In heavily pretreated patients with relapsed/refractory multiple myeloma (RRMM), preliminary results from the phase 1b/2 CARTITUDE-1 study show early, deep, and durable responses with a single low-dose infusion of ciltacabtagene autoleucel (cilta-cel) and a safety profile consistent with prior studies.
Previously shown in a phase 1 study to induce deep, durable responses with manageable toxicity in patients with RRMM was cilta-cel, a chimeric antigen receptor (CAR) T-cell therapy directed against 2 discrete B-cell maturation antigen (BCMA) epitopes to increase binding strength. Updated data from the phase 1b portion of CARTITUDE-1, evaluating cilta-cel in this patient population in the United States, along with initial phase 2 data, are presented. The primary objective of the phase 1b portion was to assess safety and determine a dose for use in phase 2 investigation. The primary objective of the phase 2 portion was to evaluate efficacy.
Eligible adults had measurable disease, Eastern Cooperative Oncology Group performance status ≤1, received ≥3 prior regimens or were double refractory to a proteasome inhibitor and an immunomodulatory drug, and received an anti-CD38 antibody. After apheresis, bridging therapy was allowed, and a single infusion of cilta-cel at a target dose of 0.75 × 106 (range, 0.5-1.0 × 106) CAR+ viable T-cells/kg was administered after lymphodepletion with cyclophosphamide and fludarabine daily for 3 days followed by 2 to 4 days of rest.
Through May 20, 2020, 97 patients received cilta-cel (phase 1b: 29; phase 2: 68); 59% were male; median age was 61 years. Patients received a median of 6 prior lines of therapy; 83.5% of patients were penta-exposed, 87.6% triple refractory, 41.2% penta refractory, and 97.9% refractory to their last line of therapy. Median follow-up duration was 8.8 months.
The observed overall response rate was 94.8% consisting of a stringent complete response rate of 55.7%, a very good partial response rate of 32.0%, and a partial response rate of 7.2%. In all patients, a reduction in M-protein was achieved. Median time to first response was 1.0 month, and median time to complete response or better was 1.8 months, whereas deepening of responses over time was observed. Median duration of response was not reached by data cutoff time. Of 52 patients evaluable for minimal residual disease (MRD), 94.2% were MRD-negative at 10-6. The 6-month progression-free survival (PFS) rate (landmark) and median PFS were 87.4%, and not reached, respectively. The 6-month overall survival (OS) rate and median OS were 93.8% and not reached.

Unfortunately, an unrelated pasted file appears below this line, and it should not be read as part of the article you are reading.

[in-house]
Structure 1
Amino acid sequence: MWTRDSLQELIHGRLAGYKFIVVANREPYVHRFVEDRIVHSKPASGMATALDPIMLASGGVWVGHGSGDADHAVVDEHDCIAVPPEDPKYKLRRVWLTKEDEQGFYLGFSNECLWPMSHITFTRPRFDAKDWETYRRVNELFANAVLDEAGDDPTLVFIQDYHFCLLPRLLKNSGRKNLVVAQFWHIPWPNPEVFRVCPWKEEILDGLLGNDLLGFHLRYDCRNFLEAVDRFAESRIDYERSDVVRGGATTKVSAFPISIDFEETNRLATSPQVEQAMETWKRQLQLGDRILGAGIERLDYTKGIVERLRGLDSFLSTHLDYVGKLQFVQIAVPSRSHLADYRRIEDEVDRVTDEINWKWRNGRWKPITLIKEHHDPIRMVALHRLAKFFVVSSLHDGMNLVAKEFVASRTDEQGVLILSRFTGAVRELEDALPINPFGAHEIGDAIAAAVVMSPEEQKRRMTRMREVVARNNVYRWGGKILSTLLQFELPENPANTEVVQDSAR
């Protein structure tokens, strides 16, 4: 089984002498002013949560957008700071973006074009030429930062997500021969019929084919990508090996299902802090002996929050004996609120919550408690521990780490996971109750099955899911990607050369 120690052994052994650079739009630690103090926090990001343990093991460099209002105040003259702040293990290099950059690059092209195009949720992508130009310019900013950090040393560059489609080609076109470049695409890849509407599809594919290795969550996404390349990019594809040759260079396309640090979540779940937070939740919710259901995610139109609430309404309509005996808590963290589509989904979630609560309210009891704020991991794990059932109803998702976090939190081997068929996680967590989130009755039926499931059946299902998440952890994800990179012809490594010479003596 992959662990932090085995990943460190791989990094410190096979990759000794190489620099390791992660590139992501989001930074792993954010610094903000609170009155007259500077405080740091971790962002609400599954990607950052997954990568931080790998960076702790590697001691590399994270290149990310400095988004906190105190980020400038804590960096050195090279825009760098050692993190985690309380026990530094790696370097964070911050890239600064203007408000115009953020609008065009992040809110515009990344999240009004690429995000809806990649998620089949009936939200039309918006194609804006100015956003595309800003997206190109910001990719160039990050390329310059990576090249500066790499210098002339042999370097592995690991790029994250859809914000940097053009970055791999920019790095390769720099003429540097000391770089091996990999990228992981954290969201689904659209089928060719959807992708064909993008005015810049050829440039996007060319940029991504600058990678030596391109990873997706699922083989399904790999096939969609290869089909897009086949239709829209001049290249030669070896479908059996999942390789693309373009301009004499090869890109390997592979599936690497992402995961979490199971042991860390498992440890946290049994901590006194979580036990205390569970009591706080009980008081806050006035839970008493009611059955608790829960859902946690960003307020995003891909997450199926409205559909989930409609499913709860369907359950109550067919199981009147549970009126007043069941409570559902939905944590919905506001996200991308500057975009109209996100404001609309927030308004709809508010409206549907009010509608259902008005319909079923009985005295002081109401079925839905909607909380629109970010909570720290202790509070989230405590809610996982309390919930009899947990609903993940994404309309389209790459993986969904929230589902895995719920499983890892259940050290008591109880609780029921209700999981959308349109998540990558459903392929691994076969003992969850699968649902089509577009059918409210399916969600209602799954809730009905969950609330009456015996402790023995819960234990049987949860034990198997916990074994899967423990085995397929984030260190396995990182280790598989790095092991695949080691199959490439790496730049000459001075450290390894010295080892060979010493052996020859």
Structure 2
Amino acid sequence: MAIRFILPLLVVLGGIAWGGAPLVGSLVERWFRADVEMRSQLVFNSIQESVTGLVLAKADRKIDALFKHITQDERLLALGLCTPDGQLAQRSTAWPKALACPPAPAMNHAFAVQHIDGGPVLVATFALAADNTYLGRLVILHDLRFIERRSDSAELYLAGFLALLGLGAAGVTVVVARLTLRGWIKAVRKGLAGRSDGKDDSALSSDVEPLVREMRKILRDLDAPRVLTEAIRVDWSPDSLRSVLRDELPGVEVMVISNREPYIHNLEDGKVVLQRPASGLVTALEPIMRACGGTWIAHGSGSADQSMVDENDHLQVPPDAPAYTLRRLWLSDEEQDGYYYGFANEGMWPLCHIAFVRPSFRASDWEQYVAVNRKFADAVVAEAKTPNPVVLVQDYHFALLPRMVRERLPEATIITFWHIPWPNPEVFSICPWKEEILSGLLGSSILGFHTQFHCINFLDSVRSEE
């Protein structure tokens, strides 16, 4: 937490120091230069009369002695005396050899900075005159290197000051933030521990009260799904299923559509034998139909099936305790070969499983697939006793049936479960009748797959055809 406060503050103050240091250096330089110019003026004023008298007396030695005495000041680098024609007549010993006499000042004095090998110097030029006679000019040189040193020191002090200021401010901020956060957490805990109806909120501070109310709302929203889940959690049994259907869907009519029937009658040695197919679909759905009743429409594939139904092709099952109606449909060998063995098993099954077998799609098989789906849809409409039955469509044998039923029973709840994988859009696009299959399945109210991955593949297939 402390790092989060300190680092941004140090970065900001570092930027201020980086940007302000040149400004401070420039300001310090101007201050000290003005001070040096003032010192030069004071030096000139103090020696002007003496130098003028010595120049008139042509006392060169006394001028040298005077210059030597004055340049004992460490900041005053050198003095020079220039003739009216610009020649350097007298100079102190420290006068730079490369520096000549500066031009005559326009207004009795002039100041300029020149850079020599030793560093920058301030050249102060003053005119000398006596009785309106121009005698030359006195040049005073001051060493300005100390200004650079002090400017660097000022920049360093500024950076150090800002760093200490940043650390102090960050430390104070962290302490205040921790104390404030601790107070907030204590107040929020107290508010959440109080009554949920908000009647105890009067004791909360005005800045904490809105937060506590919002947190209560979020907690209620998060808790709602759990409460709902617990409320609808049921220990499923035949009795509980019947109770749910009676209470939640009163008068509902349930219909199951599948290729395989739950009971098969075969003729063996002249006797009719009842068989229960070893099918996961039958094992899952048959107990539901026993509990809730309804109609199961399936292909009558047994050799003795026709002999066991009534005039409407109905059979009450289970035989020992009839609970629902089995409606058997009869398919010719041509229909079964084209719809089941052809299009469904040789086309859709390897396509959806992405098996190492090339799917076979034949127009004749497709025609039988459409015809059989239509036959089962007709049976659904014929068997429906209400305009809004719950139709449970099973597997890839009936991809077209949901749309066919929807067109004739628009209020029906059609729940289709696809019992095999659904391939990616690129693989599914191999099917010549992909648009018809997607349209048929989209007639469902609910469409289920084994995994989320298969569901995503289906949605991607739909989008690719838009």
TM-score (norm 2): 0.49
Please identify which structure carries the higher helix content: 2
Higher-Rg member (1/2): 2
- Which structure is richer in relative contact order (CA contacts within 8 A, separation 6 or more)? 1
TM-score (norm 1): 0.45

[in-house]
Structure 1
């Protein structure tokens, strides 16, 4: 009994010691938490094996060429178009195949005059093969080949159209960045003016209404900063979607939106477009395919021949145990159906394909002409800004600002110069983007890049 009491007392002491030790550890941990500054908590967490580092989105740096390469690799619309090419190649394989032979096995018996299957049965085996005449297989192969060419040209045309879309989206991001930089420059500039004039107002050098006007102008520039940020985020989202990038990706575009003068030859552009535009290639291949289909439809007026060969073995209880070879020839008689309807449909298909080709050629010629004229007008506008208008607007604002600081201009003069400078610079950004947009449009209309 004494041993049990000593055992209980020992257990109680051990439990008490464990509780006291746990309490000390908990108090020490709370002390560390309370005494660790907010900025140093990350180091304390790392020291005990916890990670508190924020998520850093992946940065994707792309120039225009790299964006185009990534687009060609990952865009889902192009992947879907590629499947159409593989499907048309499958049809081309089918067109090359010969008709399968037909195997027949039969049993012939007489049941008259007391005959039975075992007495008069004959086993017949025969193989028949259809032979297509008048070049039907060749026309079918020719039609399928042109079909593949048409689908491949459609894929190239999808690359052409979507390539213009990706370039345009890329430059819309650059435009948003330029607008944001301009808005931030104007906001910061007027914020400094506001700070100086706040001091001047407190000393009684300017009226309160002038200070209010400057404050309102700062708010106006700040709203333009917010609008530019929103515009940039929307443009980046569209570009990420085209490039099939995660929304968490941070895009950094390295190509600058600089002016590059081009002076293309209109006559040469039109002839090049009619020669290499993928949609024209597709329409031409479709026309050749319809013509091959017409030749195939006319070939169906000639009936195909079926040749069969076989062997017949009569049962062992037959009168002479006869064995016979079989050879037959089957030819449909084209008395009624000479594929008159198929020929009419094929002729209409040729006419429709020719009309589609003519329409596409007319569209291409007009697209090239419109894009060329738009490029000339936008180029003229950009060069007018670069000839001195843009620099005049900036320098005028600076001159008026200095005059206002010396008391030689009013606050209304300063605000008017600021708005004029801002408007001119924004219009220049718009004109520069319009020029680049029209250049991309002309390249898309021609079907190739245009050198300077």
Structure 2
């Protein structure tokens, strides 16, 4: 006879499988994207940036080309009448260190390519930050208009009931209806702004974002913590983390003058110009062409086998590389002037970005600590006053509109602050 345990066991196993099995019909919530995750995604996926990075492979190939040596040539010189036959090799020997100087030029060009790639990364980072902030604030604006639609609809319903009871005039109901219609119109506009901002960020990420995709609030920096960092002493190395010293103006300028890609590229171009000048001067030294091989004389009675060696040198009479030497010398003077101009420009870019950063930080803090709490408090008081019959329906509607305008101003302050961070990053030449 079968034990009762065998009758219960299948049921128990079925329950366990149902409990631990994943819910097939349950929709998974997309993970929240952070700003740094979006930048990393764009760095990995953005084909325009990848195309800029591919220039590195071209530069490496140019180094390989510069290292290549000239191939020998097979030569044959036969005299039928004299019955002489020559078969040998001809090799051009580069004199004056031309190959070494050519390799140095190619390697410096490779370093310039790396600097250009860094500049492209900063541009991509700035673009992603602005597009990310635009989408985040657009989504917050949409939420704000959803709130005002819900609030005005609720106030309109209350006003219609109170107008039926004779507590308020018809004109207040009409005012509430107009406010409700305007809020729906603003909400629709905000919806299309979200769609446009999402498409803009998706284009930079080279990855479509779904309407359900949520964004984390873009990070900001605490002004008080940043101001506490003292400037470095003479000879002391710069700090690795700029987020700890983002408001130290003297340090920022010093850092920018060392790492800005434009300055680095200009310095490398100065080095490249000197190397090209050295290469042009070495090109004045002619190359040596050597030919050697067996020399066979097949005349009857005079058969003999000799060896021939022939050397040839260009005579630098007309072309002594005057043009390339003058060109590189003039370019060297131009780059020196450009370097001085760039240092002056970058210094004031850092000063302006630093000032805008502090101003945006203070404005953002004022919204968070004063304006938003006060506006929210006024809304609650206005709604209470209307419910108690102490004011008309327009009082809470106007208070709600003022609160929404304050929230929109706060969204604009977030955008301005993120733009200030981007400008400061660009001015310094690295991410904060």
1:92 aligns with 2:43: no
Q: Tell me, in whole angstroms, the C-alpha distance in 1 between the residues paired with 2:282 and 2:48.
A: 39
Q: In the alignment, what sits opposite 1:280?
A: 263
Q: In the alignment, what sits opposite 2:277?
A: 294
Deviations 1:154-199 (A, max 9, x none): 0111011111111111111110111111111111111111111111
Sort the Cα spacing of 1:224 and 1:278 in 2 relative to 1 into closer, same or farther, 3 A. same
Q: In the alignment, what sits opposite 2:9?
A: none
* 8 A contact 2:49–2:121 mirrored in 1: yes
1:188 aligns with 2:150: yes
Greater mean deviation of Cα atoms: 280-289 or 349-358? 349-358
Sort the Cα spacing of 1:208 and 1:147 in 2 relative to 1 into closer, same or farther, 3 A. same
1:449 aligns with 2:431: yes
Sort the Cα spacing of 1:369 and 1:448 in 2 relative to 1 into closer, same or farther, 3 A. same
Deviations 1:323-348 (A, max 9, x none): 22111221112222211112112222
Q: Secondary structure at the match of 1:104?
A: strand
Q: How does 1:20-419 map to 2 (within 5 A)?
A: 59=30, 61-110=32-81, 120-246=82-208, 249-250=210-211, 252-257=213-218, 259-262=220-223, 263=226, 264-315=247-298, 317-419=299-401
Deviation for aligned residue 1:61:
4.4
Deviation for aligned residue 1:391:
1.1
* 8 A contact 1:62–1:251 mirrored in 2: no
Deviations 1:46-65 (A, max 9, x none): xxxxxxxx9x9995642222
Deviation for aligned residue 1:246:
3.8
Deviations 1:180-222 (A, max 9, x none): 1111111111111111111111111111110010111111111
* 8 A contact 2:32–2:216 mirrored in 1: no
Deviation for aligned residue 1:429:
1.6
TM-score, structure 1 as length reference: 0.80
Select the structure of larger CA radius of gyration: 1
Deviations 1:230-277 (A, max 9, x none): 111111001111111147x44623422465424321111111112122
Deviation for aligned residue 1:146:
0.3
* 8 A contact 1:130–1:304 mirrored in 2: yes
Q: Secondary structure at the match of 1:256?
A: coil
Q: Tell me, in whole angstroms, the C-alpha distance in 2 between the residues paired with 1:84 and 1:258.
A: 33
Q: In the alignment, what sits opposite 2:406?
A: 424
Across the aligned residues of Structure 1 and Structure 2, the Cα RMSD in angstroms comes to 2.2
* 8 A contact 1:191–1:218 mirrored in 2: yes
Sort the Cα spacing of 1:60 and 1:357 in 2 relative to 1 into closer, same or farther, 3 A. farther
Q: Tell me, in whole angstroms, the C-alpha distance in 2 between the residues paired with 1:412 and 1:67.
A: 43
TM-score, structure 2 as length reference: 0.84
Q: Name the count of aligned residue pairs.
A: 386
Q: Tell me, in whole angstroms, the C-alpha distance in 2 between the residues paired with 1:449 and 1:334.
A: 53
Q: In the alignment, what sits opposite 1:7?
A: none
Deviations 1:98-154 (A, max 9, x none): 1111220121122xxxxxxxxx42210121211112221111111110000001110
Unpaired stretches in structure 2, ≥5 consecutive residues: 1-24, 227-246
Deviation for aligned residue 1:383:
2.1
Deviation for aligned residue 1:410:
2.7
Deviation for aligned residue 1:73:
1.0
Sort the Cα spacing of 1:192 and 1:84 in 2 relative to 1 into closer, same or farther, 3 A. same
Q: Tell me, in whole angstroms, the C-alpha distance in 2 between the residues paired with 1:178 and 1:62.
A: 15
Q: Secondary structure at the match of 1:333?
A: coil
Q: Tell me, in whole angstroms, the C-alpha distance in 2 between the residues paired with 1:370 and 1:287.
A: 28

In the study, 10 deaths were reported, 8 of which were caused by adverse events (n = 1 for all of the following: cytokine release syndrome [CRS]/hemophagocytic lymphohistiocytosis, neurotoxicity, respiratory failure, sepsis, septic shock, pneumonia, lung abscess, and acute myelogenous leukemia), and 2 of which were caused by progressive disease. CRS was experienced by a total of 94.8% of patients (grade 3/4: 4.1%), 90.7% experienced neutropenia (all grade 3/4), 81.4% experienced anemia (grade 3/4: 68.0%), and 79.4% experienced thrombocytopenia (grade 3/4: 59.8%). Median time to onset of CRS and duration were 7.0 days and 4.0 days, respectively. A total of 20.6% of patients experienced neurotoxicity due to CAR T-cell therapy (grade 3/4: 10.3%). At 14 days, maximum peripheral expansion of cilta-cel CAR+ T-cells was observed; 67% of patients with individual follow-up at 6 months had cilta-cel CAR+ T-cells below the level of quantification (2 cells/µL) in peripheral blood.
The phase 1b/2 CARTITUDE-1 preliminary study results show early, deep, and durable responses with a single low-dose infusion of cilta-cel in patients heavily pretreated with RRMM and a safety profile consistent with prior studies. Cilta-cel is currently being evaluated in other multiple myeloma populations.
Abstract 177. ASH 2020. December 5, 2020. CARTITUDE-1: phase 1b/2 study of ciltacabtagene autoleucel, a B-cell maturation antigen–directed chimeric antigen receptor T cell therapy, in relapsed/refractory multiple myeloma.